Unfortunately, this is incredibly true. We are judged differently on our appearance than men are. I don’t think we are going to change that. I also love what Nancy Beach said in Gifted to Lead, when she instructed women to ‘just bring your A game’. The stereotypes and initial filter judgements that can’t be changed, do seem to dissipate with excellent performance and knowing your stuff, though it sometimes take time. I think where we can gain the most ground here as women is not judging EACH OTHER on appearance. I’ve seen women give each other the ‘once over’ with their eyes, making the other woman feel like she doesn’t belong because of what she does or does not have on. Lord, help me not to do that!

  • jan owen November 3, 2008  

    @anne – you made me laugh on a very very tough day

  • Emily November 3, 2008  

    I can tell you one thing. Whenever I have meetings with the people (males especially) in our church I always try to look my best because of the double standard. Being young and female puts up so many walls automatically, and I try my best to bring them down by looking professional and put together. Does it suck? yep. Does it make me mad? sure does. Do I play the game? I do.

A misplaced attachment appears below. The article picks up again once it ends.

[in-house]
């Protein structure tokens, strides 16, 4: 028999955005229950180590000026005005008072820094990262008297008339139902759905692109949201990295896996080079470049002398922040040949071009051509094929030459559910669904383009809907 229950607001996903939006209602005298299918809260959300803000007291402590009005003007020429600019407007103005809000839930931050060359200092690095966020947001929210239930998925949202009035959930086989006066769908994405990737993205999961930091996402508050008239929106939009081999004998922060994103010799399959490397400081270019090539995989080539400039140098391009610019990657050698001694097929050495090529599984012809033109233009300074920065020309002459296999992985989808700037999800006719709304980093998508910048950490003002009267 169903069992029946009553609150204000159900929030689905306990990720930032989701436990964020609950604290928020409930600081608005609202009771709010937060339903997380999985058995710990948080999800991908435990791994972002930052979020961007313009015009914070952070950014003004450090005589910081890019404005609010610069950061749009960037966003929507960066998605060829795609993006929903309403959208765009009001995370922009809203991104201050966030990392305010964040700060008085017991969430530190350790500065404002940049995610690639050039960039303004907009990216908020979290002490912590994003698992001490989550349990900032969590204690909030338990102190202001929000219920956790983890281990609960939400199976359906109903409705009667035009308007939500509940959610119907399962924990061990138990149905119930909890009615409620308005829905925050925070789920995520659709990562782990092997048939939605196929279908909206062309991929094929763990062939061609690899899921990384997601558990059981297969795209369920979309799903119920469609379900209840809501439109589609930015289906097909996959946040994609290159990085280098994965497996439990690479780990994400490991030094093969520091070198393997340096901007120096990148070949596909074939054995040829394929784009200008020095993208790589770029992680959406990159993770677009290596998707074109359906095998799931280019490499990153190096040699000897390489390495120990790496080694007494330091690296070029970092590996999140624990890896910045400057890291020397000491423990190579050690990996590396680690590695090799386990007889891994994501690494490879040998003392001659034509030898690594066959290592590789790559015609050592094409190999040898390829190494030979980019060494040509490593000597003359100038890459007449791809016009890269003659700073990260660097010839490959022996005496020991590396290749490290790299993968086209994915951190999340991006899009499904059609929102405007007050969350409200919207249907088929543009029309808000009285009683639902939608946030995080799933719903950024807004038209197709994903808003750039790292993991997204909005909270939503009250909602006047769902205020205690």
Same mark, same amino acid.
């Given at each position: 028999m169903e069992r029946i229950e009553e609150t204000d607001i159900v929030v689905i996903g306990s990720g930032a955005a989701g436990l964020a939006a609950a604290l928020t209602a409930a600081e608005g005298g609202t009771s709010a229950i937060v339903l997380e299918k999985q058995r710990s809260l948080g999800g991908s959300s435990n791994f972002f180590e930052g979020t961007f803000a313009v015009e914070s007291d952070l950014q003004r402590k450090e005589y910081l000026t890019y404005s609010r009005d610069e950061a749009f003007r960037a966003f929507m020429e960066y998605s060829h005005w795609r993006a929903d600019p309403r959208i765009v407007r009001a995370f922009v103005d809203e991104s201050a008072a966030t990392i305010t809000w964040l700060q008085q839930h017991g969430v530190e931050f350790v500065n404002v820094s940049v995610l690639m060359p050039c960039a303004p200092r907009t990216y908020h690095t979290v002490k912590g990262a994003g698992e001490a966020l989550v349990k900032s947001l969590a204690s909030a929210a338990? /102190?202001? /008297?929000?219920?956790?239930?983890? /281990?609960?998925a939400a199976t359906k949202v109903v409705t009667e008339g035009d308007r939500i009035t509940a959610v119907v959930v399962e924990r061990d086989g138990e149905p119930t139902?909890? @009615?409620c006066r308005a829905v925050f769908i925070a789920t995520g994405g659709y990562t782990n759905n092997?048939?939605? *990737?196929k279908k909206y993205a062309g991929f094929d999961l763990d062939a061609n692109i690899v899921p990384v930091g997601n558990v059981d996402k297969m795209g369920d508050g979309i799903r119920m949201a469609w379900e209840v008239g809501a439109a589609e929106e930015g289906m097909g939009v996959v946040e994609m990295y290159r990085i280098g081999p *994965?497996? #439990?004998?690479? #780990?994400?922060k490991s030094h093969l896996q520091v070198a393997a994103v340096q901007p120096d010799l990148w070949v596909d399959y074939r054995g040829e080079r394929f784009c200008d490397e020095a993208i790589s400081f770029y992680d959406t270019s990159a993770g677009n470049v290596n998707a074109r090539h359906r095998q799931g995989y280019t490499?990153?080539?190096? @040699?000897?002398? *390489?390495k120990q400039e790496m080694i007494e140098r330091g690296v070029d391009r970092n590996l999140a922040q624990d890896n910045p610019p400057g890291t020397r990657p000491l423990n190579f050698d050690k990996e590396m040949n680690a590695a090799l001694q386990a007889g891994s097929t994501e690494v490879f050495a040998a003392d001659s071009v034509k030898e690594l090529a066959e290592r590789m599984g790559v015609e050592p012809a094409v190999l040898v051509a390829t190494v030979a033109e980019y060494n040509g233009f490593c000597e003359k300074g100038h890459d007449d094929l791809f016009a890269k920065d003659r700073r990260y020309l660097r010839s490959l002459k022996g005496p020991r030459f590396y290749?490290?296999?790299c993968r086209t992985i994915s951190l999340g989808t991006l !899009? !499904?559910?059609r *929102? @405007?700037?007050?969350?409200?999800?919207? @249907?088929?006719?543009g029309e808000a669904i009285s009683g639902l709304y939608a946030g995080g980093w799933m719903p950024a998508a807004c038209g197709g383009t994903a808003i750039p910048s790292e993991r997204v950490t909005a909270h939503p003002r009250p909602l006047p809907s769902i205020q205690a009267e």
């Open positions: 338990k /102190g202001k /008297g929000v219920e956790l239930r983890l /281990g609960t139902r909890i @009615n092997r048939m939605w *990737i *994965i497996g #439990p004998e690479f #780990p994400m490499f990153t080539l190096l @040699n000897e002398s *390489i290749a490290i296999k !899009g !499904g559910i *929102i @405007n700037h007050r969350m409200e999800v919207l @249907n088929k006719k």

• holly November 3, 2008  

    Jenni –

    Isn’t the double standard frightening?!? You’re good to point this out and I agree with you and your commenters – unfortunately, this happens to both males and females; however, I do feel that females have much more pressure to look good than males. I find it ridiculous that people are judged on their appearance rather than their qualities. As a young teacher (I started teaching high school students when I was 23, barely older than them) I was once told that I should “not look so good so that I would be a better teacher.” First of all, I wasn’t “glamming it up” – just trying to look professional and act professional. Second of all, I was a good teacher. and thirdly, why should my looks have anything to do with my abilities? The audacity of that statement stunned me and has stayed with me. And, to be clear, I am often guilty of forming an assumption based on first impression of looks; however, I try to make a point to know that person so I can form an accurate opinion of them. I also try very hard not to judge because I have never been in their shoes. It’s not always easy. I wrote a bit about this on my blog today in dealing with raising two girls in a body image obsessed culture – it sickens me.